If this is the case, the first thing you need is a way to clean those records. The last thing you want to do is play dirty records on a cheap turntable, and permanently damage them. Check into a Spin Clean.

    As for a used TT, honestly there are far too many to even create a list. I'd recommend finding something in your price range that looks decent, and do some quick research, or post a link to it for some feedback from the community.

    In just a few minutes of searching eBay here are just a few for $200ish that look ok.

    http://www.ebay.com/itm/PIONEER-PL-5...item4ad0bb47a1

    http://www.ebay.com/itm/GARRARD-GT-2...item20e0179823

    http://www.ebay.com/itm/JVC-VL-5-Tur...item27dcdfb46f

    http://www.ebay.com/itm/B-I-C-BIC-96...item5afbf94f37

    Disclaimer: I didn't do any deep reading on any of these or pay attention to seller feedback. So I'm not responsible should you choose to buy one.
    HT
    Mits WD-65737, DirecTV, Oppo DV-970HD, XBOX ONE, Yamaha RX-A1030, Parasound Halo A23, Rotel RB-985, Music Hall MMF-7, Parasound PPH-100, LSi-15, LSi-C, LSi-FX, LSi-7, PSW-1000, Monster HTS2600

    2 CH
    Parasound Halo P3, Parasound Halo A21, Sutherland Ph.D, VPI Classic 3 w/ 3D arm, Arcam CD72T, B&W 802 S3, Monster HTS2500,

  27. #57

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    Just a couple other thoughts while you're looking.

    Try to get something that has a standard 1/2" mount. This will give you a much wider range of cartridges to choose from.

    If possible steer clear of the the super cheap lightweight plastic tables of the 80s, 90s, and 2000s.

    Make sure seller knows how to properly package & ship the table.

    When you get a table, take the time to properly set it up. Don't just throw on a record, and assume everything is ok. Make sure the table is perfectly level. Verify the cartridge is aligned. Set the tracking force within the correct range. Adjust anti-skate. And then if the table has the ability (not likely) try to dial in SRA, and Azimuth.

    OK. I'm done preaching. :-)
    HT
    Mits WD-65737, DirecTV, Oppo DV-970HD, XBOX ONE, Yamaha RX-A1030, Parasound Halo A23, Rotel RB-985, Music Hall MMF-7, Parasound PPH-100, LSi-15, LSi-C, LSi-FX, LSi-7, PSW-1000, Monster HTS2600

    2 CH
    Parasound Halo P3, Parasound Halo A21, Sutherland Ph.D, VPI Classic 3 w/ 3D arm, Arcam CD72T, B&W 802 S3, Monster HTS2500,

  28. #58

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    I agree (ORBIT) and it's new with a warranty and a cartridge

    under $200 AND belt-drive that's tough

    http://www.amazon.com/Stanton-T55USB...rive+turntable


    Quote Originally Posted by cmy330go View Post
    If you can hold out long enough, I'd recommend seriously looking at the U-turn Audio tables. They're finally catching up with demand, and are claiming an ETA of April on new orders. With the market like it is currently, I'm not convinced it will be easy to find a vintage table in that price range, that will be any better than the U-turn tables.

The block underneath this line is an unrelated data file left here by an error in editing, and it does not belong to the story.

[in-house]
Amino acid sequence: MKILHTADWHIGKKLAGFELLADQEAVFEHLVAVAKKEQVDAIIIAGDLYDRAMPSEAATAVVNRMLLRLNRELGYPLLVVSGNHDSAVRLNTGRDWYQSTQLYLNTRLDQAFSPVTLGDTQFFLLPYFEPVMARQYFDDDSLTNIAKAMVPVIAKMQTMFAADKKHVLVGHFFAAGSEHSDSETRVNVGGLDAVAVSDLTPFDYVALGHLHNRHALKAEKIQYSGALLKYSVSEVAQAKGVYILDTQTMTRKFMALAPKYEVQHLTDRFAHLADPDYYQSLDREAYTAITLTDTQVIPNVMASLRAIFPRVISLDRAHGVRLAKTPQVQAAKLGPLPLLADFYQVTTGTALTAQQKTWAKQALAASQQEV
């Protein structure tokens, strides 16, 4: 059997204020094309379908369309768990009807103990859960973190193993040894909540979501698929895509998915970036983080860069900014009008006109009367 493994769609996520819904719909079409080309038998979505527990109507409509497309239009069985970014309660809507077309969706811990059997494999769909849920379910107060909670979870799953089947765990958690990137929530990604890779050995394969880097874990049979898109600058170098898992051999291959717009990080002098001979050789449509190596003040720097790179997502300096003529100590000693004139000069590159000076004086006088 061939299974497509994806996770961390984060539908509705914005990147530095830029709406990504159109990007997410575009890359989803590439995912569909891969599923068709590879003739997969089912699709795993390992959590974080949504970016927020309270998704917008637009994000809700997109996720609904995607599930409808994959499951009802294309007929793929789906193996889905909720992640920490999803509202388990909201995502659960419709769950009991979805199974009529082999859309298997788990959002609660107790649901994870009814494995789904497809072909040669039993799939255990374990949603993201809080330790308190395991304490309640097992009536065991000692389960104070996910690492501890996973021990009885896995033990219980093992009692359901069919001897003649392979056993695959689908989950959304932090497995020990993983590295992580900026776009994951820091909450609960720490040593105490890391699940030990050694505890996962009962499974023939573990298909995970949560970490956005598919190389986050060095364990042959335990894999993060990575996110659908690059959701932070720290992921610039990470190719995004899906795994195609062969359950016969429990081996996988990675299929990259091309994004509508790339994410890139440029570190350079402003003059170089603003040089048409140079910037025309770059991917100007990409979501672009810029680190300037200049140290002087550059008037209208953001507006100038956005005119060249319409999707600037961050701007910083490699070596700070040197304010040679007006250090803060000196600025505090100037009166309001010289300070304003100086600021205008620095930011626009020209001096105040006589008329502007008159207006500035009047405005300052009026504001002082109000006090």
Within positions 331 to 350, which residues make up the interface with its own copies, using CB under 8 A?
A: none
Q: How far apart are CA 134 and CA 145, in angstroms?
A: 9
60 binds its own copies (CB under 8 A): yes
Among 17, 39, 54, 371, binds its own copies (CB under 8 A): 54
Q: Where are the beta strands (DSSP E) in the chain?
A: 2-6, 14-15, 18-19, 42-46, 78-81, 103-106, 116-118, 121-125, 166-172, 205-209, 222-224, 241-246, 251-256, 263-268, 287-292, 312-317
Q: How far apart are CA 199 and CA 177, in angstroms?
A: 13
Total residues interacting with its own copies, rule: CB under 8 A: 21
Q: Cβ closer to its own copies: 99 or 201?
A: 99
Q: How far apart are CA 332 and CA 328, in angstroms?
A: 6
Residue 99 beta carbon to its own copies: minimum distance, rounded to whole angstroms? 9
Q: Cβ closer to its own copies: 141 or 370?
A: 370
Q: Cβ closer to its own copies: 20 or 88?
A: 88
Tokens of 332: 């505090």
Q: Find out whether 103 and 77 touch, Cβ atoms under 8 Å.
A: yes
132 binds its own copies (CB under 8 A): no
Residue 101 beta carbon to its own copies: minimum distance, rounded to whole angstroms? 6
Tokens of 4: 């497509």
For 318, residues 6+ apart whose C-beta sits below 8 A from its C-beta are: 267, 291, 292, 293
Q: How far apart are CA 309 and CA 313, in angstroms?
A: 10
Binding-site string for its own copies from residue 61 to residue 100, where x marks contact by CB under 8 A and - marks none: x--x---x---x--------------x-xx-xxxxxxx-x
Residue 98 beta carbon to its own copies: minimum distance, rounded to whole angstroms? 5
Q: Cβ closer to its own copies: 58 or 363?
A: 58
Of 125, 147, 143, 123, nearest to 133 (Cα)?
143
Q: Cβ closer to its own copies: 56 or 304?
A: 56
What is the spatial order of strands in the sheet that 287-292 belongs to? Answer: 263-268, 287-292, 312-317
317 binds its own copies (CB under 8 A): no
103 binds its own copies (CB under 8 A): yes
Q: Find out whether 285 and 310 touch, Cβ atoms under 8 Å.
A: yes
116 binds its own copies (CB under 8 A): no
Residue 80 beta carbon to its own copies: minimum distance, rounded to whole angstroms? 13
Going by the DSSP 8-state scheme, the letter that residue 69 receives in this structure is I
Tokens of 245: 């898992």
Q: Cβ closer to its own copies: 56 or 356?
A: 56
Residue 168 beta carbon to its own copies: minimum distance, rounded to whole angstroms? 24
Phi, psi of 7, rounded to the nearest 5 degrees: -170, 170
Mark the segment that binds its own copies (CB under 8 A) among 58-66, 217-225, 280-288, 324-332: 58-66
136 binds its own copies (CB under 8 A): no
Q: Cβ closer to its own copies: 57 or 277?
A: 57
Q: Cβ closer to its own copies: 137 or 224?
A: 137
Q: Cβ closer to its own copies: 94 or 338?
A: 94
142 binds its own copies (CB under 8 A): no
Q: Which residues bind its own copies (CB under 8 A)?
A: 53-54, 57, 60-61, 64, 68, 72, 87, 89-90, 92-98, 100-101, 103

http://uturnaudio.com/store/
    POLK SDA 2.3 TLS BOUGHT NEW IN 1990, Gimpod/Sonic Caps/Mills RDO-198
    POLK CSI-A6 POLK MONITOR 70'S ONKYO TX NR-808 SONY CDP-333ES
    PIONEER PL-510A SONY BDP S5100
    POLK SDA 1C BOUGHT USED 2011,Gimpod/Sonic Caps/Mills RDO-194
    ONKYO HT RC-360 SONY BDP S590 TECHNICS SL BD-1

  29. #59

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    cmy330go: Thanks very much for all the great suggestions. Luckily I can get a Spin Clean set at cost, so I was already planning on picking one up. As for the actual TT, you've pretty much confirmed the direction I was already headed, which is good. And I do fully intend on taking my time setting my table up. Any quick links you'd recommend for the noob that outlines the basics you mentioned? I'd imagine the tools I'd need won't add much cost but be invaluable to learn how to operate properly (and I want to learn).

    Good suggestion to post links I'm interested in for feedback from the community. Happy to be here!
    Last edited by AudioPhil; 02-24-2014 at 12:03 AM.

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    PolkieMan: I've looked quite a bit at that Stanton, thanks for the recommendation. I really think I want to try and stick with vintage, but in my price range it might make sense to grab a cheap new TT and start saving for a higher-end vintage unit.

    That's ultimately the decision it's come down to.

    My question is, will ANY new table under $200 have even remotely sound as good as tables in the neighborhood of the links above? Or does even the AT LP60 with an upgraded cart beat anything vintage under $200?
    Last edited by AudioPhil; 02-24-2014 at 12:09 AM.